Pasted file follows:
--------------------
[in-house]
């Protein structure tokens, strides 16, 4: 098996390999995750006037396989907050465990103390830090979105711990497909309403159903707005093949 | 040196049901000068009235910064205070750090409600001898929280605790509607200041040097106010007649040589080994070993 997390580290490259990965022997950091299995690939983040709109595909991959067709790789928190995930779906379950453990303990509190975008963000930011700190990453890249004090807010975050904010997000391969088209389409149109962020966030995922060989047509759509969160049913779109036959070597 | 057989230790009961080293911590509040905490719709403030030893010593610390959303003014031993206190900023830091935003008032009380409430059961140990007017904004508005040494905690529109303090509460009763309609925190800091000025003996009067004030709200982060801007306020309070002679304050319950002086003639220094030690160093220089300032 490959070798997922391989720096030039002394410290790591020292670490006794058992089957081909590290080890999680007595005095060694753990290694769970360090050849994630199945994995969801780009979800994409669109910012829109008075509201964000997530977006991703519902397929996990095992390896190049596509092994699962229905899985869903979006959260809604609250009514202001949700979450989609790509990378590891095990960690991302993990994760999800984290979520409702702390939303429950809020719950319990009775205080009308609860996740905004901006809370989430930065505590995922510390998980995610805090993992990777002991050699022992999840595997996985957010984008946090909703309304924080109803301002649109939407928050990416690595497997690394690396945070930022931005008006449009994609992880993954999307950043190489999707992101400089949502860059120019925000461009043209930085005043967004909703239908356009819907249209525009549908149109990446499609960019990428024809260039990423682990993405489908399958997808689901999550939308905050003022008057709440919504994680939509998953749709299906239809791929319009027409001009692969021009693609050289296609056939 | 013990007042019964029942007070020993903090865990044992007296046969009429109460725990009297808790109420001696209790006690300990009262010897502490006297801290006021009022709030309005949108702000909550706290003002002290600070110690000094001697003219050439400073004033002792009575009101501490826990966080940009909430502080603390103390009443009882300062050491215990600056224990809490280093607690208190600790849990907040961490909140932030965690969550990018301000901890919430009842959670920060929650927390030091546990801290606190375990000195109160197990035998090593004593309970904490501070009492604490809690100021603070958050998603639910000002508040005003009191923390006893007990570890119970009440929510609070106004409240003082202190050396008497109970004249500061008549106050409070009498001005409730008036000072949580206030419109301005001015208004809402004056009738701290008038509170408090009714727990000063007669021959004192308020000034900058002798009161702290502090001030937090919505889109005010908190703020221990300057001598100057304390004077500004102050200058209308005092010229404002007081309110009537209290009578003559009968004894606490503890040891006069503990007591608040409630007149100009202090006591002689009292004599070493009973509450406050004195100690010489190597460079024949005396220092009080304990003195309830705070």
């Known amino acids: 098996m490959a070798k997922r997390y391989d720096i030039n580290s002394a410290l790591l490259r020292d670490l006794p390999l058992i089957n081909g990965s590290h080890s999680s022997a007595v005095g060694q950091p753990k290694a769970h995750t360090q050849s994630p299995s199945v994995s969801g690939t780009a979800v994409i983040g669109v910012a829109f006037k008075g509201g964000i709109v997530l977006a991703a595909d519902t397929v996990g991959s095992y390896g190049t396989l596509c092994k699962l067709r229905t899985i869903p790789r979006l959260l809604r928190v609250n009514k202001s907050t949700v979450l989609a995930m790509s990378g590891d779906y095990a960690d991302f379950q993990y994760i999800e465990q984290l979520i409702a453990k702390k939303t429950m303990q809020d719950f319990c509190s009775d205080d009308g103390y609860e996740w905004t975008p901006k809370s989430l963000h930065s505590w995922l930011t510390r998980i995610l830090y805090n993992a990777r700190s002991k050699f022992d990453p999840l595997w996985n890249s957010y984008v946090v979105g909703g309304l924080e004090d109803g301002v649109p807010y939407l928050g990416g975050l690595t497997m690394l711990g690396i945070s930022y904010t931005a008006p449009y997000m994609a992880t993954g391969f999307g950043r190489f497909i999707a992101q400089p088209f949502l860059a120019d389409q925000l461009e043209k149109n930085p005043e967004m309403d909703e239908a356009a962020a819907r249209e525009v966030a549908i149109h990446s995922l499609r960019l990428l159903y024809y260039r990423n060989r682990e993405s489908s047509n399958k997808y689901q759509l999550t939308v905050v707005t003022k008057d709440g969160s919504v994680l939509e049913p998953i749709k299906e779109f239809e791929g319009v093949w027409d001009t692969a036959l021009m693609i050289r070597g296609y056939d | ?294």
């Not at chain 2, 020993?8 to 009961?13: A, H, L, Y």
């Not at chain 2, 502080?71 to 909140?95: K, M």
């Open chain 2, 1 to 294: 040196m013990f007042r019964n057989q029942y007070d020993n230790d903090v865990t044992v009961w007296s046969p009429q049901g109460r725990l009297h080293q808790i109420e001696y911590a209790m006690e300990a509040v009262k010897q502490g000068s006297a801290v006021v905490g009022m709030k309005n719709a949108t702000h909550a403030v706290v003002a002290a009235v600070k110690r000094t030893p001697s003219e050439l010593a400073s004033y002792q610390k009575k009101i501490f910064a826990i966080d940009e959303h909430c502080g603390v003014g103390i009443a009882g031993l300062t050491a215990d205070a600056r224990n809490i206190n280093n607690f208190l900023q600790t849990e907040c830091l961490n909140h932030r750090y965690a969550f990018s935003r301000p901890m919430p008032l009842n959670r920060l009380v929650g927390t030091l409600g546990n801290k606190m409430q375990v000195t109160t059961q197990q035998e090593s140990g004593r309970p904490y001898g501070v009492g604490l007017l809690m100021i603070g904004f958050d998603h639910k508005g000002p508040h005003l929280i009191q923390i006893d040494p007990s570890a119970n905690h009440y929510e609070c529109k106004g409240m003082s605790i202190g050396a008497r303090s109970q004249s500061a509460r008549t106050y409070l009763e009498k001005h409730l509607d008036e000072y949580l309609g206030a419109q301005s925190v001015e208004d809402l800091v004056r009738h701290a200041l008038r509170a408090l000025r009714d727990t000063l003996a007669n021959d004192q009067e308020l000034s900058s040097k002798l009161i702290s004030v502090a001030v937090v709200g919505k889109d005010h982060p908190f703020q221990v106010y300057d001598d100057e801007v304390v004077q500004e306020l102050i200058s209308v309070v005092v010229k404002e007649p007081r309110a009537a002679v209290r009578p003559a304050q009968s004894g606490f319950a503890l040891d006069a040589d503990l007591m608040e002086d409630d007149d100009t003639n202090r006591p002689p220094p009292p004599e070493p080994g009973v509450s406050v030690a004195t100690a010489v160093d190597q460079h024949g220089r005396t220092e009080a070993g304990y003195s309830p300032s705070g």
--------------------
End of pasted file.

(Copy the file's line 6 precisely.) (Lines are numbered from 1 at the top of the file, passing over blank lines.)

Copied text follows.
């Open chain 2, 1 to 294: 040196m013990f007042r019964n057989q029942y007070d020993n230790d903090v865990t044992v009961w007296s046969p009429q049901g109460r725990l009297h080293q808790i109420e001696y911590a209790m006690e300990a509040v009262k010897q502490g000068s006297a801290v006021v905490g009022m709030k309005n719709a949108t702000h909550a403030v706290v003002a002290a009235v600070k110690r000094t030893p001697s003219e050439l010593a400073s004033y002792q610390k009575k009101i501490f910064a826990i966080d940009e959303h909430c502080g603390v003014g103390i009443a009882g031993l300062t050491a215990d205070a600056r224990n809490i206190n280093n607690f208190l900023q600790t849990e907040c830091l961490n909140h932030r750090y965690a969550f990018s935003r301000p901890m919430p008032l009842n959670r920060l009380v929650g927390t030091l409600g546990n801290k606190m409430q375990v000195t109160t059961q197990q035998e090593s140990g004593r309970p904490y001898g501070v009492g604490l007017l809690m100021i603070g904004f958050d998603h639910k508005g000002p508040h005003l929280i009191q923390i006893d040494p007990s570890a119970n905690h009440y929510e609070c529109k106004g409240m003082s605790i202190g050396a008497r303090s109970q004249s500061a509460r008549t106050y409070l009763e009498k001005h409730l509607d008036e000072y949580l309609g206030a419109q301005s925190v001015e208004d809402l800091v004056r009738h701290a200041l008038r509170a408090l000025r009714d727990t000063l003996a007669n021959d004192q009067e308020l000034s900058s040097k002798l009161i702290s004030v502090a001030v937090v709200g919505k889109d005010h982060p908190f703020q221990v106010y300057d001598d100057e801007v304390v004077q500004e306020l102050i200058s209308v309070v005092v010229k404002e007649p007081r309110a009537a002679v209290r009578p003559a304050q009968s004894g606490f319950a503890l040891d006069a040589d503990l007591m608040e002086d409630d007149d100009t003639n202090r006591p002689p220094p009292p004599e070493p080994g009973v509450s406050v030690a004195t100690a010489v160093d190597q460079h024949g220089r005396t220092e009080a070993g304990y003195s309830p300032s705070g």